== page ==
Combat traits usually get most of the attention from researchers, because they are thought to have arisen due to intense male-male competition for access to females. Large, elaborate weapons become the focus of sexual selection studies because the connection is obvious. Collared lizards (Crotaphytus collaris), for example, have bite force correlated with head width, and it positively predicts the number of offspring produced in a breeding season, suggesting sexual selection on head morphology and the role of attacking traits.
But maybe defense wins sex games too. Sexual selection in the Forked Fungus Beetle (Bolitotherus cornutus) favors larger body and horn size, and a new study investigates the relationship between these traits and the beetles' grip strength, which is crucial for the male to hold on to the female and shield her from other males in an elaborate courtship ritual. But it also highlights defensive traits - by having a strong grip, males can keep females busy for hours. And hours. And hours. And that blocks out other males from getting involved during mating season.
The grip strength trial. (A) The male grips the dowel rod in a similar fashion to how males grip females during courtship and guarding in the wild. (B) The same male at maximum resistance just before releasing the dowel rod. doi:10.1371/journal.pone.0042738.g002
During the courtship ritual, male beetles grab onto the female and they hold on - that would seem to favor males with a stronger grip. The authors of a study tested the grip strength of 84 beetles, both male and female, by tying a piece of thread around the beetles' bodies, allowing them to wrap their legs around a small rod, and then pulling the beetle vertically until they released the rod.
The larger attacking male uses his clypeal horns in an attempt to dislodge the smaller male. The smaller male was previously courting the female and during the combat grips her with all six legs. The video has been sped up to 5x actual speed. Credit: doi:10.1371/journal.pone.0042738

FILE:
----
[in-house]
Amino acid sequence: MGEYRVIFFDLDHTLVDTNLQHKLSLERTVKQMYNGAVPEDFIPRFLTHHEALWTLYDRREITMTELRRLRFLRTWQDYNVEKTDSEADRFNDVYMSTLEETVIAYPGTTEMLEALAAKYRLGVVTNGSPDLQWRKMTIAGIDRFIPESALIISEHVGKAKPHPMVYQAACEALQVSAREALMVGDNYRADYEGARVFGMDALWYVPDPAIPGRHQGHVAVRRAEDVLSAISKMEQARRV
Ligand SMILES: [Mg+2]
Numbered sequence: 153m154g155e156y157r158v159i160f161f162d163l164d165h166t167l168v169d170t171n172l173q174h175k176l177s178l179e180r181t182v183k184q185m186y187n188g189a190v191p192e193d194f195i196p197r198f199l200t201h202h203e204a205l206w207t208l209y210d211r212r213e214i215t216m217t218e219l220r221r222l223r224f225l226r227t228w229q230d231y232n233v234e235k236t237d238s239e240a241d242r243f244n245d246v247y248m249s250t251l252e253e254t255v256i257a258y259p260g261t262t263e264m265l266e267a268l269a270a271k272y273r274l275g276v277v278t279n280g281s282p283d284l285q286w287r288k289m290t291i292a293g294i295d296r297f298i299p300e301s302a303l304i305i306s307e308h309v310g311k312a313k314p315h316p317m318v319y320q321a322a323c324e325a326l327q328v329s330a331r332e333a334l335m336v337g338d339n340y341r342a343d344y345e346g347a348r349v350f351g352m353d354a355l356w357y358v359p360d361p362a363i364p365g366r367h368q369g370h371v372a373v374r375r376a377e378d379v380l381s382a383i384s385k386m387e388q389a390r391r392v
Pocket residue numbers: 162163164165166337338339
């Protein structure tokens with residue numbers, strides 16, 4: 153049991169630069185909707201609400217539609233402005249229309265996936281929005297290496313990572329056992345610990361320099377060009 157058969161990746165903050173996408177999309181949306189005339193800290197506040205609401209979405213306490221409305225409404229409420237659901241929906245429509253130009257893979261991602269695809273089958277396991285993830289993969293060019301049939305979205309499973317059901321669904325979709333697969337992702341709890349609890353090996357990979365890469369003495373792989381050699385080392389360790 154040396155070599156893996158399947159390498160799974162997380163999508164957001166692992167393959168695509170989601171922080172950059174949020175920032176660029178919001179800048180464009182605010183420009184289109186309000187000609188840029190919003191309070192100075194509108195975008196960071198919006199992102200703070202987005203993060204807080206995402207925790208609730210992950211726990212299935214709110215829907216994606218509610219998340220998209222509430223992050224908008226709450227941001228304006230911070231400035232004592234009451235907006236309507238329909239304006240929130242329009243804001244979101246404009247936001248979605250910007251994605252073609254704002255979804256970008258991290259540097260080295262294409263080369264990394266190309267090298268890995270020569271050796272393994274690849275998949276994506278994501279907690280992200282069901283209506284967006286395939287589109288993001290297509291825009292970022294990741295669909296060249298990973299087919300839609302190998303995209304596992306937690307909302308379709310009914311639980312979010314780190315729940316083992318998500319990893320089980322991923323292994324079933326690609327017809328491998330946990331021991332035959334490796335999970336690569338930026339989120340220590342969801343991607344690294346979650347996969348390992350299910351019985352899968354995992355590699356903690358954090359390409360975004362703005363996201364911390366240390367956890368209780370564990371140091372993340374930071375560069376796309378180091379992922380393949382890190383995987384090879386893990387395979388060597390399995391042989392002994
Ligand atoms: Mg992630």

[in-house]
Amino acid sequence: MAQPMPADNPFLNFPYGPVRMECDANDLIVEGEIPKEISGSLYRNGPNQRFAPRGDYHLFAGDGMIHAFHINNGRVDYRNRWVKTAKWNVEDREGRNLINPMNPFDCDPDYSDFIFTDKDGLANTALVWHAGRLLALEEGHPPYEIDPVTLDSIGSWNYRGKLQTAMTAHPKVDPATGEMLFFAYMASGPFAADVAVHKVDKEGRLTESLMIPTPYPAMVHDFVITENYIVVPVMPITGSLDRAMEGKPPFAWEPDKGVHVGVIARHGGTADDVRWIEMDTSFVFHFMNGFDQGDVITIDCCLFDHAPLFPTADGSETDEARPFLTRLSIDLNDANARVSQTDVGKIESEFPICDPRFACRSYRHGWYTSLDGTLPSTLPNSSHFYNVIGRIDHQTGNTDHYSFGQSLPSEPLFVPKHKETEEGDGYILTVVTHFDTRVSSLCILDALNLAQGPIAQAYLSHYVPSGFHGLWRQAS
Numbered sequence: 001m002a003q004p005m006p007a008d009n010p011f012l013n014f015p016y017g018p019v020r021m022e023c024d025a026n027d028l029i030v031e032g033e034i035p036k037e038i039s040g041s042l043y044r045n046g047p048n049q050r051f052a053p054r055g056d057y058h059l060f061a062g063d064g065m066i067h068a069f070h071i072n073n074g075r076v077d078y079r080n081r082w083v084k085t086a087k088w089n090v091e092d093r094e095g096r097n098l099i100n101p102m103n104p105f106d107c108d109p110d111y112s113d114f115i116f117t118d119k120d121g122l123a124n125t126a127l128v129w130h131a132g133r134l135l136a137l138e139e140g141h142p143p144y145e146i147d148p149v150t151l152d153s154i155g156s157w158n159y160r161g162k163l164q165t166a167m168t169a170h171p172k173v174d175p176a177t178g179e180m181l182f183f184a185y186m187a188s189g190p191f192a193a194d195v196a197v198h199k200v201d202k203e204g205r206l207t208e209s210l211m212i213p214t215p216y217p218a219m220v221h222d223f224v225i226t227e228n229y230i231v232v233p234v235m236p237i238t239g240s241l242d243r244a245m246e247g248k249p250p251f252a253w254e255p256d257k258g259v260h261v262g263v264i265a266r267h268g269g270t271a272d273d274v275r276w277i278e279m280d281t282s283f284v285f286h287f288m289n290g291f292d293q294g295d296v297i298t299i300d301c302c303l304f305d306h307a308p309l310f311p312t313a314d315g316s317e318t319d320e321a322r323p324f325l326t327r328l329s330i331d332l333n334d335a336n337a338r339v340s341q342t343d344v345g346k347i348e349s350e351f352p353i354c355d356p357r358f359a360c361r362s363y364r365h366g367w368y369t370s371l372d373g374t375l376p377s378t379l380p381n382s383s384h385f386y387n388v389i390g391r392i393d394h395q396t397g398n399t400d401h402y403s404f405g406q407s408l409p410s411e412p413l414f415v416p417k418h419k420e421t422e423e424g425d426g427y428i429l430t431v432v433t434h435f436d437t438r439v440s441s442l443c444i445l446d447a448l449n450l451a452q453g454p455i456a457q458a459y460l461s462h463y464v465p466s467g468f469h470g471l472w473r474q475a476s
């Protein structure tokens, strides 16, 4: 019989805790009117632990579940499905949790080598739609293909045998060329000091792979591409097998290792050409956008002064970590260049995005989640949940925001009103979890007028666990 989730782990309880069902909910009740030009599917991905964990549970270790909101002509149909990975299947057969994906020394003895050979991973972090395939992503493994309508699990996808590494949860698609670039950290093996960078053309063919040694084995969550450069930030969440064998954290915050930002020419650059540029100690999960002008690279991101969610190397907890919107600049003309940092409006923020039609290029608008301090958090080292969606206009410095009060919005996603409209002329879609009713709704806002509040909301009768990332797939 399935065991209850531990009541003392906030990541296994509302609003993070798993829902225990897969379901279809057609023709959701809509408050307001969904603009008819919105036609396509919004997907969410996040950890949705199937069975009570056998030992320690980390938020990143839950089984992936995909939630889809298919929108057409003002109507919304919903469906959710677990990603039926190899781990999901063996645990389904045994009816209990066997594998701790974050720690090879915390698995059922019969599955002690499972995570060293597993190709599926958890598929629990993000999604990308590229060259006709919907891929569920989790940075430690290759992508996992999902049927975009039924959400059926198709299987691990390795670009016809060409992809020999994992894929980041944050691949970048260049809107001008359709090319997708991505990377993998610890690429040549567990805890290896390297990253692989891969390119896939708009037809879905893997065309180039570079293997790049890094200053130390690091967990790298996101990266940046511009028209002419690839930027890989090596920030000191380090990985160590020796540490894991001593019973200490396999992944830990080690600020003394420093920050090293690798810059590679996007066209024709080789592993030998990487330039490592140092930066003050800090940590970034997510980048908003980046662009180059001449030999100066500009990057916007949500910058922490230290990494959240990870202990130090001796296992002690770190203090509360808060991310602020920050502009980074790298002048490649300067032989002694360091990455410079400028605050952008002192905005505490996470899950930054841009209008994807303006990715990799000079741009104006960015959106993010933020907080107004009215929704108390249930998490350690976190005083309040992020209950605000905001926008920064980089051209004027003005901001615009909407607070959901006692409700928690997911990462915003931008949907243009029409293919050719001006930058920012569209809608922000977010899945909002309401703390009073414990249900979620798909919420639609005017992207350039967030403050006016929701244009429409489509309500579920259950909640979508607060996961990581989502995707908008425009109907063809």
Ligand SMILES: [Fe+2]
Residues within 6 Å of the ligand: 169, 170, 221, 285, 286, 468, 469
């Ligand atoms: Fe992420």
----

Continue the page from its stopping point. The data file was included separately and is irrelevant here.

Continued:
The researchers found that grip strength grip strength was repeatable, consistent and differed between the sexes. It was very consistent for each individual, males overall have a stronger grip, and they believe that this sexual dimorphism appears to result from a complex relationship between body size and leg length. Their results, they write, suggest that there is a suite of traits that influence grip performance and therefore might affect sexual selection.
Citation: Benowitz KM, Brodie ED III, Formica VA, 'Morphological Correlates of a Combat Performance Trait in the Forked Fungus Beetle, Bolitotherus cornutus', PLoS ONE 7(8): e42738. doi:10.1371/journal.pone.0042738
- PHYSICAL SCIENCES
- EARTH SCIENCES
- LIFE SCIENCES
- SOCIAL SCIENCES
Subscribe to the newsletter
Stay in touch with the scientific world!
Know Science And Want To Write?
- Questions a Surface Pro 3 user has about Windows 10.
- Top Mass: CMS Again On Top!
- Sterile Neutrinos Remain Elusive
- How Myths And Tabloids Feed On Anomalies In Science
- Epigenetics Of Being Without Electricity For A Few Days
- Why Crowdfunding Publisher Unbound Poses A Threat To Literary Prizes
- Science Graduates Are Not Good At Math – But Why?
- "Haha, you're seriously conflating completely speculative ideas such as SUSY with the quark model..."
- "I don't know about that. MS makes much of it's money off enterprises. Massive multinational..."
- "Lol, I don't have any problem with that...."
- "There is only one scientific understanding of the neuron-behavior linkage: Kandel et al spent 30..."
- "No wonder you have a problem comprehending climate change!..."
Books By Writers Here